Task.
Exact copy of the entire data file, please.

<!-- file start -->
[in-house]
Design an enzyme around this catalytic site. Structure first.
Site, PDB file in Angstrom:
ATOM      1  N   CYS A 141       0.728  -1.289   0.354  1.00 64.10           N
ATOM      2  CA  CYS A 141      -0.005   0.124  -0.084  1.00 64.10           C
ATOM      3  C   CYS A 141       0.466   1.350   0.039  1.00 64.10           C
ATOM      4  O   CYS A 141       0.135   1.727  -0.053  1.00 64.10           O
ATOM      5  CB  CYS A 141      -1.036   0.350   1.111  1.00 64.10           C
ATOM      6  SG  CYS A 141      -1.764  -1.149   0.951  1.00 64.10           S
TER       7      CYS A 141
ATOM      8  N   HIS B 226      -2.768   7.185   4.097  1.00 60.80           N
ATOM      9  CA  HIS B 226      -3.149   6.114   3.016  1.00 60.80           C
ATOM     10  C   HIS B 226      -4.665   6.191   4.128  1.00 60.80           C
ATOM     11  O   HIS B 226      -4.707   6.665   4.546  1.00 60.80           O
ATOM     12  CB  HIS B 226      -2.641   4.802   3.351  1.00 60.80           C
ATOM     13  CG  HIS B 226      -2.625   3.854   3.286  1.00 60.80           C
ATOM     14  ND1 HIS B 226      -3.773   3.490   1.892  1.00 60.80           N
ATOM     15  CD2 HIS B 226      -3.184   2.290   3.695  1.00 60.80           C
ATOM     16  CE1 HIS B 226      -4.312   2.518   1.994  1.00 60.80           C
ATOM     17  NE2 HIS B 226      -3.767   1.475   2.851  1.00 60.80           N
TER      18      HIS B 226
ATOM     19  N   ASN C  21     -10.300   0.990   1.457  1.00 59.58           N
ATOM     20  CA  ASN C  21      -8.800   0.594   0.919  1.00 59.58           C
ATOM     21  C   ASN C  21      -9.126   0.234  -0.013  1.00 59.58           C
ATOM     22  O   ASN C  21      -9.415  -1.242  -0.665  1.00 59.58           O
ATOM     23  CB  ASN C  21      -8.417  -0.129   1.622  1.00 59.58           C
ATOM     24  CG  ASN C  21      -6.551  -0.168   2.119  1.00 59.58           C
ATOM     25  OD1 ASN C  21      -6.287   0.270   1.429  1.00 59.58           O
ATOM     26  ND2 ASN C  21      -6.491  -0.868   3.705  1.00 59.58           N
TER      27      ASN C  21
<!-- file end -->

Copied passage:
[in-house]
Design an enzyme around this catalytic site. Structure first.
Site, PDB file in Angstrom:
ATOM      1  N   CYS A 141       0.728  -1.289   0.354  1.00 64.10           N
ATOM      2  CA  CYS A 141      -0.005   0.124  -0.084  1.00 64.10           C
ATOM      3  C   CYS A 141       0.466   1.350   0.039  1.00 64.10           C
ATOM      4  O   CYS A 141       0.135   1.727  -0.053  1.00 64.10           O
ATOM      5  CB  CYS A 141      -1.036   0.350   1.111  1.00 64.10           C
ATOM      6  SG  CYS A 141      -1.764  -1.149   0.951  1.00 64.10           S
TER       7      CYS A 141
ATOM      8  N   HIS B 226      -2.768   7.185   4.097  1.00 60.80           N
ATOM      9  CA  HIS B 226      -3.149   6.114   3.016  1.00 60.80           C
ATOM     10  C   HIS B 226      -4.665   6.191   4.128  1.00 60.80           C
ATOM     11  O   HIS B 226      -4.707   6.665   4.546  1.00 60.80           O
ATOM     12  CB  HIS B 226      -2.641   4.802   3.351  1.00 60.80           C
ATOM     13  CG  HIS B 226      -2.625   3.854   3.286  1.00 60.80           C
ATOM     14  ND1 HIS B 226      -3.773   3.490   1.892  1.00 60.80           N
ATOM     15  CD2 HIS B 226      -3.184   2.290   3.695  1.00 60.80           C
ATOM     16  CE1 HIS B 226      -4.312   2.518   1.994  1.00 60.80           C
ATOM     17  NE2 HIS B 226      -3.767   1.475   2.851  1.00 60.80           N
TER      18      HIS B 226
ATOM     19  N   ASN C  21     -10.300   0.990   1.457  1.00 59.58           N
ATOM     20  CA  ASN C  21      -8.800   0.594   0.919  1.00 59.58           C
ATOM     21  C   ASN C  21      -9.126   0.234  -0.013  1.00 59.58           C
ATOM     22  O   ASN C  21      -9.415  -1.242  -0.665  1.00 59.58           O
ATOM     23  CB  ASN C  21      -8.417  -0.129   1.622  1.00 59.58           C
ATOM     24  CG  ASN C  21      -6.551  -0.168   2.119  1.00 59.58           C
ATOM     25  OD1 ASN C  21      -6.287   0.270   1.429  1.00 59.58           O
ATOM     26  ND2 ASN C  21      -6.491  -0.868   3.705  1.00 59.58           N
TER      27      ASN C  21